Thursday, January 15, 2015

oaxaca: bethania

We asked the woman who worked at the front desk and she had never heard of the place. We asked the people at the restaurant with the plastic tables and beyond perfect enfrijoladas. And we asked the taxi driver. No one had heard of Las Cascadas de Bethania
But we decided we would go anyways. 

We took a bus out of Tuxtepec, past the Corona plant, and down the winding road lined by sugar cane fields and haze covered mountains. One hour later, the wheels of the bus noisily ground into the gravel as it halted to leave us on the edge of a small town center preparing for its anniversary celebration. In the very middle, kids were crowding around a mechanical bull cheering each other on and fighting for the next turn (yes, of course I participated). Men were scooping giant mounds of chili peppers into potato sacks, laughing at the way our jaws dropped when we realized they weren't piles of grass. Women were herding their little ones, running from place to place. One of them pointed us to the place where we could wait for that town's only taxi driver to take us the rest of the way. 

  He came after what seemed like forever -- the muffler signaling his arrival long before he came into view. We got up from our makeshift seats on the log pile, brushed off our dusty pants, and hopped into the taxi. He warned us that there was barely any water at the falls and it might not be worth the trip, but we had already come so far. We veered onto a dirt path, car scraping the uneven ground, and maneuvered around puddles and potholes. At the end of the path and with the promise to meet two hours later, we parted ways.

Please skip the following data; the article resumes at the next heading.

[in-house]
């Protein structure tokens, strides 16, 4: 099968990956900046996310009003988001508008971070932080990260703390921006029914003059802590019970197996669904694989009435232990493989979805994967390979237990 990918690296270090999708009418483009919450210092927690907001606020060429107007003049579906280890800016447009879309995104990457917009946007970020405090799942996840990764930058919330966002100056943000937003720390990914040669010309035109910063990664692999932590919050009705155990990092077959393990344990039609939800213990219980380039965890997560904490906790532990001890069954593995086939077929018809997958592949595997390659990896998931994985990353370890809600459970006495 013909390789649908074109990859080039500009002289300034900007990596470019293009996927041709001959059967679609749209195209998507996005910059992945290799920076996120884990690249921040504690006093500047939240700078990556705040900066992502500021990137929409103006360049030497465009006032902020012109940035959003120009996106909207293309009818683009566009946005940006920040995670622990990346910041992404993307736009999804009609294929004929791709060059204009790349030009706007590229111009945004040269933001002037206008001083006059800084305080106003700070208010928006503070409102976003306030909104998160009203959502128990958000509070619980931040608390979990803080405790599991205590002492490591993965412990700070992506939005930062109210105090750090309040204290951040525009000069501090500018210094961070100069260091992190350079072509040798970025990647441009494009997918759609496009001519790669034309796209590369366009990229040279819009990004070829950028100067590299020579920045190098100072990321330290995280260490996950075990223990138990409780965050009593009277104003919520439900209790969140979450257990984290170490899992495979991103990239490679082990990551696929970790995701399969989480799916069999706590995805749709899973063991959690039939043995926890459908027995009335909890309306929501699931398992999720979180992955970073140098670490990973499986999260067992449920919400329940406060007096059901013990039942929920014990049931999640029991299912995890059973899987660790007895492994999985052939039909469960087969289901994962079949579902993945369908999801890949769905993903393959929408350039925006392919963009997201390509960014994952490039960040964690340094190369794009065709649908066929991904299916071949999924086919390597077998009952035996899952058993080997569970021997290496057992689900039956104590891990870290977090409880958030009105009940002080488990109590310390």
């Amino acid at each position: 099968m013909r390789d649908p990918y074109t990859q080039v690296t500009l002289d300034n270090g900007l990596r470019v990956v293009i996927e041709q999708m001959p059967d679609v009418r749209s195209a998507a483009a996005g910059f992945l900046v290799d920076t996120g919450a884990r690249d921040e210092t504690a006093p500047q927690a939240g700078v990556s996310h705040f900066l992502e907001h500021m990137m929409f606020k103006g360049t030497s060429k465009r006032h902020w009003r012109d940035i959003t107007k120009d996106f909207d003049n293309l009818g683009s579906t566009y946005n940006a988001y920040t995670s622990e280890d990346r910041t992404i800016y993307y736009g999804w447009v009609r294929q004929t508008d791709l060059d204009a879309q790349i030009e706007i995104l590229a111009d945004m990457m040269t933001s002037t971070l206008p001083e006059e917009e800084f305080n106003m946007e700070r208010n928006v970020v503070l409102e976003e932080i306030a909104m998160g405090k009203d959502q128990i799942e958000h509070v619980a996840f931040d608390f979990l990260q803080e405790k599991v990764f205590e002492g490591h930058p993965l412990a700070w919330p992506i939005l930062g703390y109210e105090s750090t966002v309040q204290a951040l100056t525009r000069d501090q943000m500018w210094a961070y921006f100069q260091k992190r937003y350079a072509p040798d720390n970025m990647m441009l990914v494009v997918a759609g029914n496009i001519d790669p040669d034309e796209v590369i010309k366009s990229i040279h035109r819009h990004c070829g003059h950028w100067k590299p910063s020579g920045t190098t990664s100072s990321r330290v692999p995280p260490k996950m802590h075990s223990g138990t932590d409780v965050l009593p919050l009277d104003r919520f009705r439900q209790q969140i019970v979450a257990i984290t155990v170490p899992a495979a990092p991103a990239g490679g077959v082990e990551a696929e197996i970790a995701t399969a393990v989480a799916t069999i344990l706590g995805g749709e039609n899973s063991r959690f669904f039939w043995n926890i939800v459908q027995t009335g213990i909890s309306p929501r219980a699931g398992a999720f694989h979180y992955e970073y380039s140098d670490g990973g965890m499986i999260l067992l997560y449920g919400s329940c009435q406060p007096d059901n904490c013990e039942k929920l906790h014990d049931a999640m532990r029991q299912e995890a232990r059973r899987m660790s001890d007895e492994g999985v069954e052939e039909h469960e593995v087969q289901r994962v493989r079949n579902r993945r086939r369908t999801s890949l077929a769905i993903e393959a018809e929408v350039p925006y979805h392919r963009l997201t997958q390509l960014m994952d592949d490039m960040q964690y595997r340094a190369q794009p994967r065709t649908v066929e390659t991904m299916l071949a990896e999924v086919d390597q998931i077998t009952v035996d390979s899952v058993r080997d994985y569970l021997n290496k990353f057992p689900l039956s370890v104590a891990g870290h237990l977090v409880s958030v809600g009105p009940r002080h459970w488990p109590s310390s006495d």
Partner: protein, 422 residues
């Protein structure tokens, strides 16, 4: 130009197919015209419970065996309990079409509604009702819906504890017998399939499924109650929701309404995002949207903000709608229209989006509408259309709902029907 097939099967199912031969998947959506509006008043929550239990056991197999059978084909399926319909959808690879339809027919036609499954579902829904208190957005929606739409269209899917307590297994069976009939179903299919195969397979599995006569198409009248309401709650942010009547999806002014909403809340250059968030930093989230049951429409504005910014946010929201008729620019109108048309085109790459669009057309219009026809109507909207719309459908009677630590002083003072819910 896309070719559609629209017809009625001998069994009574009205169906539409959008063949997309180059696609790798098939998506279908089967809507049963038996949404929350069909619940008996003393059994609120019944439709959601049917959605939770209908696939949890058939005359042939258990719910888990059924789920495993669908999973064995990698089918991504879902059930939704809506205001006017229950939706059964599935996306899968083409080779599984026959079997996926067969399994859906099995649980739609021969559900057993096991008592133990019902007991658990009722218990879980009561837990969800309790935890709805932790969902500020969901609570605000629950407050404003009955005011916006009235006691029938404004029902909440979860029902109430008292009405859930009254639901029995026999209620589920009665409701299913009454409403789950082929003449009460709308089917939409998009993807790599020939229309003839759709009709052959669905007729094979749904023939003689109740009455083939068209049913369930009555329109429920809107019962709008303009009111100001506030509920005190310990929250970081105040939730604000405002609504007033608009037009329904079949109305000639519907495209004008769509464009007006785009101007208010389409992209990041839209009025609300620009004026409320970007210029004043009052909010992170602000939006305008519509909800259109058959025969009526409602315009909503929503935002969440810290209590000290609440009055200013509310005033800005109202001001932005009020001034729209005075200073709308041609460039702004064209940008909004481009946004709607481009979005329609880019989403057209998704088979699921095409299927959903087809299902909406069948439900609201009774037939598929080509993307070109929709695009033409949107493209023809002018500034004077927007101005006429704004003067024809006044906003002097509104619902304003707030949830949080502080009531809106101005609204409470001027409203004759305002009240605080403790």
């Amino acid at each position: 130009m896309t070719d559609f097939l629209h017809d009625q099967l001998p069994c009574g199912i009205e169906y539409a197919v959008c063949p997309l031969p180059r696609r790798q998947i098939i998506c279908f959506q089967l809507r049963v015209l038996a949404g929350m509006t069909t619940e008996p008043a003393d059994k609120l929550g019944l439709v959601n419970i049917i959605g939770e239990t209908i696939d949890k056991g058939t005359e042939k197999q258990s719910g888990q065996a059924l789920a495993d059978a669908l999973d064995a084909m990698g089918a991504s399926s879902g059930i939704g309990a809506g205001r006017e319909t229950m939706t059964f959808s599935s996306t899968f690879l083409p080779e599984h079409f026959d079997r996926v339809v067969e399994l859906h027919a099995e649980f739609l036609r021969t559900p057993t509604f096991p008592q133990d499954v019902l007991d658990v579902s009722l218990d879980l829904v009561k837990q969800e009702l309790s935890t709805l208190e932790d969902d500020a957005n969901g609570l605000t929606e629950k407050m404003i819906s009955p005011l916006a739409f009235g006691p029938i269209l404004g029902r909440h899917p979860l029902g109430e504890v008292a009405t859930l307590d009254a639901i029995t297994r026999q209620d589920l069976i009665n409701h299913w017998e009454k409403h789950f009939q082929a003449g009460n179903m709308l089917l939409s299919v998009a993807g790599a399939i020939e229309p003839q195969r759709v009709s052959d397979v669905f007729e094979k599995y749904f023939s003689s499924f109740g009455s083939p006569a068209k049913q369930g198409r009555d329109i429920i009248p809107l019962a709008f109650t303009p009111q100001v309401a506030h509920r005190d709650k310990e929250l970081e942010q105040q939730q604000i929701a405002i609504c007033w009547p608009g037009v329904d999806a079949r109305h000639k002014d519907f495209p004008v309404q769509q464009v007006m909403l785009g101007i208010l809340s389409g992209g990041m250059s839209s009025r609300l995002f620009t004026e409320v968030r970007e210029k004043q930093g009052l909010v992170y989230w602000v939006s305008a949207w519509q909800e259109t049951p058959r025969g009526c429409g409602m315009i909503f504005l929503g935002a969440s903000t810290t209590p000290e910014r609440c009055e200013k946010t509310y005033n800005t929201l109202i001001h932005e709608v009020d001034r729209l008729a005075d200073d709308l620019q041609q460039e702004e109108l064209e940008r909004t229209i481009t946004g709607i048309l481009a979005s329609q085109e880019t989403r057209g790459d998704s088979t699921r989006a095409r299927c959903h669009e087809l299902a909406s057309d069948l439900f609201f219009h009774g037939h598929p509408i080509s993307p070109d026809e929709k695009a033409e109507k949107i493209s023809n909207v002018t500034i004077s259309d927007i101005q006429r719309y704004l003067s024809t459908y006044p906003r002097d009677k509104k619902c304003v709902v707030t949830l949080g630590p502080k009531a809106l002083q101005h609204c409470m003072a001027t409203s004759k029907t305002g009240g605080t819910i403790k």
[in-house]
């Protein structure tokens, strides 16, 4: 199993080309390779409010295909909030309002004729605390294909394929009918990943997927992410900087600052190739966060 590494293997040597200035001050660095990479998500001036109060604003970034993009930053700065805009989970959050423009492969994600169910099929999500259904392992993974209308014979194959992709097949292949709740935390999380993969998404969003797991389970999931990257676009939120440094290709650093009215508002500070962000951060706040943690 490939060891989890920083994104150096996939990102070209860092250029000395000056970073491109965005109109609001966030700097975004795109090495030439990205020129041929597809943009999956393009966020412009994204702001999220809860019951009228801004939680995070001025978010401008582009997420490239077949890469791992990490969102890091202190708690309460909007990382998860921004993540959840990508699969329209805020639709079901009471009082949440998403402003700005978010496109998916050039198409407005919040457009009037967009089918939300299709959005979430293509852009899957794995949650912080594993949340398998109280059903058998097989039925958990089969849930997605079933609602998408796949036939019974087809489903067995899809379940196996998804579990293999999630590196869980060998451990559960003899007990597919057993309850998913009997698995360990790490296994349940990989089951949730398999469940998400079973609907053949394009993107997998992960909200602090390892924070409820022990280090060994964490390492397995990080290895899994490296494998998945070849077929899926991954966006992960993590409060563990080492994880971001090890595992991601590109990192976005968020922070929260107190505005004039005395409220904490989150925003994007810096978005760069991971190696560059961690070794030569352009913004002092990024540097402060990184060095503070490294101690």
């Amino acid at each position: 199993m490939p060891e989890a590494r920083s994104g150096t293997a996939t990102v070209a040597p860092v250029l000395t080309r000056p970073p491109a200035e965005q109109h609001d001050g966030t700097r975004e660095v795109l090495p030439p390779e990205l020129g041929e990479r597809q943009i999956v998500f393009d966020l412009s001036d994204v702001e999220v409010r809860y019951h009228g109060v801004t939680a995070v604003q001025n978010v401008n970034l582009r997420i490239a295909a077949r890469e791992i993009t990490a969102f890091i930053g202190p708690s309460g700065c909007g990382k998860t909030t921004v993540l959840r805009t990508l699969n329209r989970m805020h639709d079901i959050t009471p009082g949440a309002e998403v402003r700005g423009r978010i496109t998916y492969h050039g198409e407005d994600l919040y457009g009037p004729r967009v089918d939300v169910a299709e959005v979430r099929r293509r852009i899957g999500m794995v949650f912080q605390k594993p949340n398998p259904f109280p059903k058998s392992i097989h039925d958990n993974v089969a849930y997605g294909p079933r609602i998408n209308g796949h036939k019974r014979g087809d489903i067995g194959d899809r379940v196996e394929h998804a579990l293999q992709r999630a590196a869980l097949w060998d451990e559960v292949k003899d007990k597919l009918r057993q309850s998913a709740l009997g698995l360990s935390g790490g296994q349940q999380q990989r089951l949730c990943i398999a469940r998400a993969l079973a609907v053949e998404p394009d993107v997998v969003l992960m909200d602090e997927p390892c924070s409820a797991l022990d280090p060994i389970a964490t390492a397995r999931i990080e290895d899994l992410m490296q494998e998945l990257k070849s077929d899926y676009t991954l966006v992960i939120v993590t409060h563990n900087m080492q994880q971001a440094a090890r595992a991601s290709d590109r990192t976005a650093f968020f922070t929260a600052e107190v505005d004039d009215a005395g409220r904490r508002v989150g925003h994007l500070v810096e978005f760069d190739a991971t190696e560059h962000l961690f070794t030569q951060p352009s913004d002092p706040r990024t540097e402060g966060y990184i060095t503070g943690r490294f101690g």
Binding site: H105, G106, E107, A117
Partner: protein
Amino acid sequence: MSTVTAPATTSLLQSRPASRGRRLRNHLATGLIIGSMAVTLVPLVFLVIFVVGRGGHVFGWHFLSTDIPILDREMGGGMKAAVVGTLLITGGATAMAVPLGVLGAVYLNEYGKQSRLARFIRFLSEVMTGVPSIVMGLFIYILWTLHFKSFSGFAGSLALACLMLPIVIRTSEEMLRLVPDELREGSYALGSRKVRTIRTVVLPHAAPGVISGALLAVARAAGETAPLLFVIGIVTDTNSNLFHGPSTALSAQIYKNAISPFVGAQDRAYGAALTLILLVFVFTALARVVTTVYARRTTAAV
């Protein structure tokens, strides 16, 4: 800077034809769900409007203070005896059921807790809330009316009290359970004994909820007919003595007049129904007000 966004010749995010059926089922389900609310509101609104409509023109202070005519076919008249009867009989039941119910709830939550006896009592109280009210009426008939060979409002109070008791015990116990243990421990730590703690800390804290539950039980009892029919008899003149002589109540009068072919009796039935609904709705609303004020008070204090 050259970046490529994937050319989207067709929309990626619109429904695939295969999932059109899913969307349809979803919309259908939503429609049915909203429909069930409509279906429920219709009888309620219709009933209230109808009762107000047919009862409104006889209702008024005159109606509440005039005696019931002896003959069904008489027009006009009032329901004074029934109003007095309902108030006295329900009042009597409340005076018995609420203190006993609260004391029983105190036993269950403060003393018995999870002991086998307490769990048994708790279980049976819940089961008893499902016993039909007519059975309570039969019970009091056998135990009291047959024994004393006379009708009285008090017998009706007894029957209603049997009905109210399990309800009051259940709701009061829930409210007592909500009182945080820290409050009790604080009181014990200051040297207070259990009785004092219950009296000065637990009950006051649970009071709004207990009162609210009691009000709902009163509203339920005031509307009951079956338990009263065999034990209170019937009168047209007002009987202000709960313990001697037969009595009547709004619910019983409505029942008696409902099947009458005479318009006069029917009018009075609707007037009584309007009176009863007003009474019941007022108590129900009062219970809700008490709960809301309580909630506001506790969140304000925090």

Almost immediately, we heard the sound of water. The dirt trail beneath us became narrower, the trees above us became denser, and our skin cooled as the temperature dropped. Just ahead, through thick vines and low hanging branches, we saw it. Glasslike, turquoise waters being fed by a series of waterfalls -- a private pool of mountain water just for us. 

After exhausting the first couple minutes with cannon-balls and swan dives, I pulled myself out of the pool, over the slippery rocks, and walked towards the back of the falls. If I were honest, I would tell you that I was looking for a place to climb to the top so I could jump off the ledge above. I found a barely visible trail covered in tangled roots. It was the kind of trail your mom tells you to stay away from, but then makes her pray harder when your dad gives you the green light to go ahead on up. With arms and legs working in unison, I made my way up and when the trail continued on the side of the next waterfall, I followed it. There, at the very top, I treaded carefully across shallow pools of water to look down over the cascading water and out over the sugar cane fields and mountains we had covered on our bus ride. This place -- this peaceful place harboring a hidden gem -- was ours. 

For two hours, it was only ours. 

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